its internal computations 38, 41 make this objective
reachable. Still, how to combine the aforementioned formalization
methodology with these cutting-edge evolutions of Coq remains
one of the prospective aspects of our project.
A second need is to help users interactively
manipulate large expressions occurring in their conjectures, an objective
for which little has been done so far. To address this need,
we work on improving the ergonomics of the system
in two ways: first, ameliorating the reactivity of Coq in its interaction
with the user; second, designing and implementing extensions of its
interface to ease our formalization activity. We expect the outcome of
these lines of research to be useful to a wider audience, interested in
manipulating large formulas on topics possibly unrelated to special functions.

Our algorithm certifications inside Coq intend to simulate
well-identified components of our Maple packages, possibly by
reproducing them in Coq. It would however not have been judicious to
re-implement them inside Coq in a systematic way. Indeed for a number of its
components, the output of the algorithm is more easily checked than
found, like for instance the solving of a linear system.
Rather, we delegate the discovery of the solutions to an
external, untrusted oracle like Maple. Trusted computations inside
Coq then formally validate the correctness of the a priori
untrusted output. More often than not, this validation consists in
implementing and executing normalization procedures inside
Coq. A challenge of this automation is to make sure they go to scale
while remaining efficient, which requires a Coq version of
non-trivial computer-algebra algorithms. A first, archetypal example we expect to
work on is a non-commutative generalization of the normalization
procedure for elements of rings 63.

Generally speaking, we design algorithms for manipulating special functions symbolically, whether univariate or with parameters, and for extracting algorithmically any kind of algebraic and analytic information from them, notably asymptotic properties. Beyond this, the heart of our research is concerned with parametrised definite summations and integrations. These very expressive operations have far-ranging applications, for instance, to the computation of integral transforms (Laplace, Fourier) or to the solution of combinatorial problems expressed via integrals (coefficient extractions, diagonals). The algorithms that we design for them need to really operate on the level of linear functional systems, differential and of recurrence. In all cases, we strive to design our algorithms with the constant goal of good theoretical complexity, and we observe that our algorithms are also fast in practice.

Our long-term goal is to design fast algorithms for a general method
for special-function integration (creative telescoping), and
make them applicable to general special-function inputs. Still, our
strategy is to proceed with simpler, more specific classes first
(rational functions, then algebraic functions, hyperexponential
functions, D-finite functions, non-D-finite functions; two variables,
then many variables); as well, we isolate analytic questions by
first considering types of integration with a more purely algebraic
flavor (constant terms, algebraic residues, diagonals of
combinatorics). In particular, we expect to extend our recent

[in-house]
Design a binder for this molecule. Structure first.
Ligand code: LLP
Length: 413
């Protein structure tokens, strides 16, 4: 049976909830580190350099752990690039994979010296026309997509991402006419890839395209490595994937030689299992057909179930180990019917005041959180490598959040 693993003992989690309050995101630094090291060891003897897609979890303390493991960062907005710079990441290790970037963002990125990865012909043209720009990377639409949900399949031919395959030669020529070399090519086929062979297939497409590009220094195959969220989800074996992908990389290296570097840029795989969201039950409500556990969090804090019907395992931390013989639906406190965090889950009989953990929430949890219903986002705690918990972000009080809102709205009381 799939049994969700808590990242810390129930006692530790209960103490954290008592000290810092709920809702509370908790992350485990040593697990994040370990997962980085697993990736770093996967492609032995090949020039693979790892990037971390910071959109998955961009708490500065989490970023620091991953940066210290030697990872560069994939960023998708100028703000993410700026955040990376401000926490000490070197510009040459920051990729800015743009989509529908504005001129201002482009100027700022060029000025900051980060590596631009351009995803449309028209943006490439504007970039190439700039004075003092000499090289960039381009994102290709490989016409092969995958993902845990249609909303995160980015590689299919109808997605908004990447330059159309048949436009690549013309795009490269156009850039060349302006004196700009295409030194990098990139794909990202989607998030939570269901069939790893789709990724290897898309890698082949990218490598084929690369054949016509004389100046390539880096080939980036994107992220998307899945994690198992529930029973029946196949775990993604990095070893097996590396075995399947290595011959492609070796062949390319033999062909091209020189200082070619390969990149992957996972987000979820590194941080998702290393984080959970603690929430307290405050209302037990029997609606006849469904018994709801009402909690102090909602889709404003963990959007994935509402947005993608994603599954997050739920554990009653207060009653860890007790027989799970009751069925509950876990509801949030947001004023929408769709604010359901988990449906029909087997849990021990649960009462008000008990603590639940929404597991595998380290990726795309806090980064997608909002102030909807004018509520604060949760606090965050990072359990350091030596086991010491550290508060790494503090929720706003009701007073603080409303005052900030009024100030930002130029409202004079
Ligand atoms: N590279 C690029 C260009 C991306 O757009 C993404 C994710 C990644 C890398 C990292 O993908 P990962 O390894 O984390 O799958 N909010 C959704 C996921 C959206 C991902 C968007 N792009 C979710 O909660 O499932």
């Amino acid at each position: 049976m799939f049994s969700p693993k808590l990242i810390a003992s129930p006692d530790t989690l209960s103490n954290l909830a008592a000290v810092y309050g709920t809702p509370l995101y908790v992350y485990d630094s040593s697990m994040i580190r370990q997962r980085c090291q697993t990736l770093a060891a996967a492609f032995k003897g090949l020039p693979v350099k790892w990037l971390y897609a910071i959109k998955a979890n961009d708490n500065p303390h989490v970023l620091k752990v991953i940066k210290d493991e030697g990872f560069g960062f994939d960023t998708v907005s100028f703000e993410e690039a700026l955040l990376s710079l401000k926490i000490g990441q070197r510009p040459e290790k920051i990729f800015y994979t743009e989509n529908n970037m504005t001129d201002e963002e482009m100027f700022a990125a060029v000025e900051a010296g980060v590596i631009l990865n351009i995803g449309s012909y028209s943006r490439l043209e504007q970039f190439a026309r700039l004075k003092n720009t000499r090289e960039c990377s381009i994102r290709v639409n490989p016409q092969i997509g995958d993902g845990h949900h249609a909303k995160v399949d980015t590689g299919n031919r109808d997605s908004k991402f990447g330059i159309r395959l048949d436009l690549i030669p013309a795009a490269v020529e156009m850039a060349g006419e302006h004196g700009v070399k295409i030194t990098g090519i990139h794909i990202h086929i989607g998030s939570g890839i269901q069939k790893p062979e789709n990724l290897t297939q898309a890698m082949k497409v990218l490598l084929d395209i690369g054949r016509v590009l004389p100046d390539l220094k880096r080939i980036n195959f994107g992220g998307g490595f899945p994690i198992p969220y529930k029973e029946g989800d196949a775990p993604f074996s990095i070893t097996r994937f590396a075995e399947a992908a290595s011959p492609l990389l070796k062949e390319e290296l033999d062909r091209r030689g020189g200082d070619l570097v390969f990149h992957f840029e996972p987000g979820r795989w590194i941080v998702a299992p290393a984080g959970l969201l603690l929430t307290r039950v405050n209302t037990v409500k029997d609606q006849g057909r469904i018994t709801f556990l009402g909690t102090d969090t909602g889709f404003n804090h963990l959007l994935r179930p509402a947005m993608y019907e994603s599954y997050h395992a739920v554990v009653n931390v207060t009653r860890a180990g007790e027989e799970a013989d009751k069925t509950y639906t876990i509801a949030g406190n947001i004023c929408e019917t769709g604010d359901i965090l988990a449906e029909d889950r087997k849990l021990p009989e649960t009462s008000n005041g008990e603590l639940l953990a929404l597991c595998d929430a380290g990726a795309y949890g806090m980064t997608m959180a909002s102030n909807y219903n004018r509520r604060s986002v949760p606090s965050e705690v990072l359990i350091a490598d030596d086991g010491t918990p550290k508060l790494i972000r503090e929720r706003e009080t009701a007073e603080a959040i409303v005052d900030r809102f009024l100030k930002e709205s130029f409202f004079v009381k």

approach 46 to more general classes
(algebraic with nested radicals, for example): the idea is to speed up
calculations by making use of an analogue of Hermite reduction that avoids
considering certificates.
Homologous problems for summation will be addressed as well.

As a consequence of our complexity-driven approach to algorithms design, the algorithms mentioned in the previous paragraph are of good complexity. Therefore, they naturally help us deal with applications that involve equations of high orders and large sizes.

With regard to combinatorics, we expect to advance the algorithmic classification of combinatorial classes like walks and urns. Here, the goal is to determine if enumerative generating functions are rational, algebraic, or D-finite, for example. Physical problems whose modelling involves special-function integrals comprise the study of models of statistical mechanics, like the Ising model for ferro-magnetism, or questions related to Hamiltonian systems.

Number theory is another promising domain of applications. Here, we attempt an experimental approach to the automated certification of integrality of the coefficients of mirror maps for Calabi–Yau manifolds. This could also involve the discovery of new Calabi–Yau operators and the certification of the existing ones. We also plan to algorithmically discover and certify new recurrences yielding good approximants needed in irrationality proofs.

It is to be noted that in all of these application domains, we would so far use general algorithms, as was done in earlier works of ours 45, 49, 48. To push the scale of applications further, we plan to consider in each case the specifics of the application domain to tailor our algorithms.

In continuation of our past project of an encyclopedia at
http://

Computer algebra manipulates symbolic representations of exact mathematical objects in a computer, in order to perform computations and operations like simplifying expressions and solving equations for “closed-form expressions”. The manipulations are often fundamentally of algebraic nature, even when the ultimate goal is analytic. The issue of efficiency is a particular one in computer algebra, owing to the extreme swell of the intermediate values during calculations.